Did Somebody Say Finals Week?

The sun is shining, the birds are singing, and the Oval is full of life. In the forefront of your mind, you are likely thinking about the summer plans taking place shortly. No matter what you will be doing, we all need some relaxation time! Amidst all of this happiness, you realize that the semester is almost over… meaning finals week is soon approaching us. Finals week this time of year can be a challenge for a few reasons:

  • The weather is beautiful and you want to spend every moment outside
  • This might be your last time on campus until the fall, so you want to take in every moment
  • You have to saying goodbye and see you later to the many friends you have made this year
  • You’re excited about summer plans and a long, much needed break

Keeping all of this in mind, here are some tips to tackle finals week and stay on top- even when you have spring fever.

Prioritize, prioritize, prioritize

The most precious thing that we have as college students is time. With only two weeks left and a lot to do, good time management is key. Make a list of things you have to get done each day. The key is to set small goals so you don’t get overwhelmed. For me, I make a to-do list for each day and set small, realistic tasks I know I can accomplish. Plus, it is so gratifying to finish a to-do list!

Use the outdoors to your advantage

The idea of being stuck inside the library for the next two weeks seems sad, but if you utilize the great spaces on campus you can enjoy the outdoors, too. Even if studying outside isn’t for you, try taking a a break by walking or tossing a Frisbee outside.

  • Study outside on a bench, picnic table, or grass
  • The courtyard in Hagerty Hall is a great place to study and relax
  • Try the nice grassy courtyard in between Park-Stradley and Siebert Halls

Take advantage of Reading Day

The Office of Student Life puts on an an entire day of free activities and events. Take a study break with some friends or even try a workout class to give your brain a rest. You can check out the schedule online for this year’s reading day, which is Tuesday, April 26.

Coordinate when you are moving out

With all of the assignments and studying, you might forget that you will need to make plans to move out of your residence hall if you live on campus. Talk to your RA or reach out to your Peer Leader if you need packing advice and travel tips, and review the information on the housing website to make sure you’re following move-out procedures correctly.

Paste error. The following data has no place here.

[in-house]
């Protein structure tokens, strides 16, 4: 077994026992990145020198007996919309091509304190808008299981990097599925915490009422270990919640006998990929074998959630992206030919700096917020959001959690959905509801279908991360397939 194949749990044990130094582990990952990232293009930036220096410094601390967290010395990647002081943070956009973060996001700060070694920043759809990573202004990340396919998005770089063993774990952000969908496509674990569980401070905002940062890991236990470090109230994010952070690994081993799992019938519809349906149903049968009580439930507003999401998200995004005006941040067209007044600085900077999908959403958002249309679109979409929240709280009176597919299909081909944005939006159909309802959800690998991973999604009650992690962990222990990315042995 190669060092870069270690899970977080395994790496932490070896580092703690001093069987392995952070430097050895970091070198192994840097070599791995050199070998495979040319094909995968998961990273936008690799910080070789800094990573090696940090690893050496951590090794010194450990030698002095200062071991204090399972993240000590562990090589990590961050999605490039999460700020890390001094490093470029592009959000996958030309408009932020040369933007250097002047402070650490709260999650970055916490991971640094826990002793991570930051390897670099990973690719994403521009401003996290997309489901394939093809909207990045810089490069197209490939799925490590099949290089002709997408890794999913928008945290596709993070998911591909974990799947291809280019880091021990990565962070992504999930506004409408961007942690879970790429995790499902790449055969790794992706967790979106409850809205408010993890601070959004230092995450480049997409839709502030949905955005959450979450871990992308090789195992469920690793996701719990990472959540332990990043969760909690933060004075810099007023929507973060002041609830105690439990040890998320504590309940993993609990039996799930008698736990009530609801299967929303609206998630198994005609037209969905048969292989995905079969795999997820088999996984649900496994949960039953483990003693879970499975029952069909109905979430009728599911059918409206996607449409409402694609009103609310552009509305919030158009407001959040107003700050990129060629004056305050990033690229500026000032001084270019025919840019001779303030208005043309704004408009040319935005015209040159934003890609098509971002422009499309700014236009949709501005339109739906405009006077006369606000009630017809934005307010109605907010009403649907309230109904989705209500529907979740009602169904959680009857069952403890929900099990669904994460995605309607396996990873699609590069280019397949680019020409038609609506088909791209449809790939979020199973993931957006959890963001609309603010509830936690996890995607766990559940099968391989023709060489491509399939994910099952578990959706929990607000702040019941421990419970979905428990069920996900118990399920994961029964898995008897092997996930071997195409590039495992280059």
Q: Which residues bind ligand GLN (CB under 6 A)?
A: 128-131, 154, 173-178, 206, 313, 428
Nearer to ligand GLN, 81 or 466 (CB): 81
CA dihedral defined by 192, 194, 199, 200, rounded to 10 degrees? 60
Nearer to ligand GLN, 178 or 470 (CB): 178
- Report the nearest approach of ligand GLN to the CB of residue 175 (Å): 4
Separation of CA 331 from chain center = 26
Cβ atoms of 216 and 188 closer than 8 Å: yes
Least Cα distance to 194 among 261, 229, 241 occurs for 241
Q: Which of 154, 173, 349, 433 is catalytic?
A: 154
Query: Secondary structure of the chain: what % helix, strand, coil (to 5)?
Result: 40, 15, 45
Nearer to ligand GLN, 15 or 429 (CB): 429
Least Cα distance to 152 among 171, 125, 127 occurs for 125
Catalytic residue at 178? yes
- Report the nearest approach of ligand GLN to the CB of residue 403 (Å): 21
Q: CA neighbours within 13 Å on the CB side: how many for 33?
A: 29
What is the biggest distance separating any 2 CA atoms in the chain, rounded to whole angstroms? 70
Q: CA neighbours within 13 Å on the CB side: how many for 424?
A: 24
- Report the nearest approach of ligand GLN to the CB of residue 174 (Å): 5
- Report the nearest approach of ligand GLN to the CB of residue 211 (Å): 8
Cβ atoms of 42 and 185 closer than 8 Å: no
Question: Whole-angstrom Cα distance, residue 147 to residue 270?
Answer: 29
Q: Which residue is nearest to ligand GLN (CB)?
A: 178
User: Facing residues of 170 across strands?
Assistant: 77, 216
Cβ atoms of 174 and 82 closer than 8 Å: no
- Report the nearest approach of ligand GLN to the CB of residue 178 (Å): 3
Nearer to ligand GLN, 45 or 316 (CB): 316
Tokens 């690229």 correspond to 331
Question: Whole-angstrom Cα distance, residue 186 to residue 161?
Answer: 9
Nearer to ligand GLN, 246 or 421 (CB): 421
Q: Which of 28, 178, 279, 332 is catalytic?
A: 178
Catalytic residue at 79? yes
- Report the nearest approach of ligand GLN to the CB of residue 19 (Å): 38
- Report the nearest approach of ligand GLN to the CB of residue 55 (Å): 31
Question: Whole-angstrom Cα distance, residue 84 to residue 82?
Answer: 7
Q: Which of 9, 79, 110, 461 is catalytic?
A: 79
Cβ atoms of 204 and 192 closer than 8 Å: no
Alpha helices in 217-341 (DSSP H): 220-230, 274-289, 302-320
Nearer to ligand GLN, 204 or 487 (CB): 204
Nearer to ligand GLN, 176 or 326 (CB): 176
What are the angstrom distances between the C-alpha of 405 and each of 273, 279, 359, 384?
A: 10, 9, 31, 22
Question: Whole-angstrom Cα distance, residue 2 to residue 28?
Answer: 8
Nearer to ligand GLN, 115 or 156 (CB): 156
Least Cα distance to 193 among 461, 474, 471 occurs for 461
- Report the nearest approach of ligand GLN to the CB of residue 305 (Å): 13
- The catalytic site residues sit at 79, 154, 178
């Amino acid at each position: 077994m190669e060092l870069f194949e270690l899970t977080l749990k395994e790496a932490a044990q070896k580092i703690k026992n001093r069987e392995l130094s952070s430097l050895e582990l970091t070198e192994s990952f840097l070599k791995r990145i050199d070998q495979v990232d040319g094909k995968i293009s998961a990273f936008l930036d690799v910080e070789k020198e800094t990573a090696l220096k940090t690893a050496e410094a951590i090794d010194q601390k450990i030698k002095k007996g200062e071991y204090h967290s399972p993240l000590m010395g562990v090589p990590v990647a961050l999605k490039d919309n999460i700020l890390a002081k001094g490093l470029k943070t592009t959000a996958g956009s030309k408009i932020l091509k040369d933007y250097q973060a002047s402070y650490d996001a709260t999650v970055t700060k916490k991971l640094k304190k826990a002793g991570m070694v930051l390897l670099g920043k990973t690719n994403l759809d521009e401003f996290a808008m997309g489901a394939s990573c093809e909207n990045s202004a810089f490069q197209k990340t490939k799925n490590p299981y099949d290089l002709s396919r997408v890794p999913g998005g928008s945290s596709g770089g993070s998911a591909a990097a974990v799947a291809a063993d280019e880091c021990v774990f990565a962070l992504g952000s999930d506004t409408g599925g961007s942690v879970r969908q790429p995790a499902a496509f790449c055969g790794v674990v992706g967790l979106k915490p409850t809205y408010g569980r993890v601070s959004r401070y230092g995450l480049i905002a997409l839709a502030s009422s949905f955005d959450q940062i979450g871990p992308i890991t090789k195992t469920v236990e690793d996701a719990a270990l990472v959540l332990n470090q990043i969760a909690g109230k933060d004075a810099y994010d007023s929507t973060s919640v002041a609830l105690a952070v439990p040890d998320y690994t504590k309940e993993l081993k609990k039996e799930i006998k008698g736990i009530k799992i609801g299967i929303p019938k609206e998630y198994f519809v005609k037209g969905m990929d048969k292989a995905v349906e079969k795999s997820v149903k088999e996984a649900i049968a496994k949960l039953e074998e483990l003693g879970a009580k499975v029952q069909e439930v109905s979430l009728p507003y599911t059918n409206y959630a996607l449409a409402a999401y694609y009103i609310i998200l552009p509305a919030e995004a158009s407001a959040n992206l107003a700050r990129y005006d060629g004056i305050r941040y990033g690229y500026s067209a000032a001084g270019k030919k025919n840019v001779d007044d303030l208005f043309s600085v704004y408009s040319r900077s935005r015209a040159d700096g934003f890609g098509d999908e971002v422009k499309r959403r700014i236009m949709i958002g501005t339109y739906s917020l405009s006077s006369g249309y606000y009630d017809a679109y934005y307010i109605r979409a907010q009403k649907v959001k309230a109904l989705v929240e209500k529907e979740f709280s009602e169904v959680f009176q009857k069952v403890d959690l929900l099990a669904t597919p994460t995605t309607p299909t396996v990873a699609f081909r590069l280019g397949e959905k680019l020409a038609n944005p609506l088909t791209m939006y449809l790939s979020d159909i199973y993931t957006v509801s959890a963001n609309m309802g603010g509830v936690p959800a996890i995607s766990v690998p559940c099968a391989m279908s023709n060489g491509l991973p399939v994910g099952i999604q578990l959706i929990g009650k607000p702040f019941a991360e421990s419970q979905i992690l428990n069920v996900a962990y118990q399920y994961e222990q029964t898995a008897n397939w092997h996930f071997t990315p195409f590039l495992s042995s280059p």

Make plans to stay in touch with your friends

All of your friends might be done with finals at different times, so it is important to stay on top of this. Plan ways to stay in touch with your friends over the summer, whether that be through Skype, texting, or even a trip! Having some trouble thinking of ways to stay in touch with your friends? Contact a Peer Leader!

Be thankful!

One of my most important values is gratitude, for a simple thank you goes a long way. I would not be at the place I am now without the professors, friends, and family who have guided me through my Ohio State journey. Make sure to thank those that made an impact on you before you leave for the summer. Here are a few ideas of people to thank:

  • The professor in the class you really enjoyed this semester, or the TA who helped you in your class
  • The cashier at the Ohio Union who always swiped your BuckID
  • The cleaning staff in your residence hall who made your building clean and safe
  • Your RA for building community and supporting you throughout your first year of college
  • The friends you have made at Ohio State
  • Your family for supporting you along this journey

With these tips, I hope you can tackle finals week. Take a deep breath and enter finals week organized, and of course thankful for a great first year.

5 Interviewing Tips

interview1

It’s about that time in the school year when you start to think ahead to your summer plans and financial assistance. A lot of applications have been posted, and you are hearing back from people left and right to interview you. You’re thinking to yourself, “I made it through the application process and got to the interview portion. Woohoo! ” Well, congratulations to you! This is the true test, though. The closer it gets to the interview, the more nervous you feel. That’s okay! Being nervous is not always a bad thing; it just means that you care. Don’t let the nerves get the best of you, though. Whatever it may be—an internship, job or scholarship—you have to be confident in yourself that you will nail that interview. I will share a few tips you should think about prior to waiting for that interview date in order to prepare and be as ready as you’ll ever be.

Know your facts.

Make sure you do your research on the organization or position you are interviewing with. One time, I went in the interview, and the first question was “Tell me what you know about us?” That’s going to be extremely awkward if you don’t have an answer to this question. It will only take 10 minutes or so to read or polish up on the people you are interviewing with and the job or qualification requirements. Not only does it show you know your stuff, conducting research helps you answer questions along the lines of what the interviewer is looking for. Google is your best friend!

Review common interview questions.

The weirdest question I have ever gotten in an interview was, “If you could be any fruit, what would you be?” (I answered a guava, and I don’t know why. It was the first thing that came to mind, LOL!) I think it’s safe to say that you probably won’t get a question like that 99 percent of the time. Some common questions to review would be tell me a little bit about yourself, or what are your strengths and weaknesses? They may even come right out and ask, why should I hire you/give you this scholarship? In any case, you should be prepared to give your answer confidently and to the best of your ability. When you are in the interview, it is okay to take a pause to think and take a breath before answering the question that is being asked. Career Counseling and Support Services has a ton of interviewing tips and cover letter/résumé writing assistance.

Look AND dress the part.

It’s true! You only get one chance to make a first impression. This is why you want to make that first impression a good one. This tip is pretty simple. Make sure you adhere to the dress code that was given to you by the interviewer or employer. Body language is also an important part as well. You want to exude confidence and maintain proper posture the entire interview. Basically, you want to look like you want to be there AND dress to impress.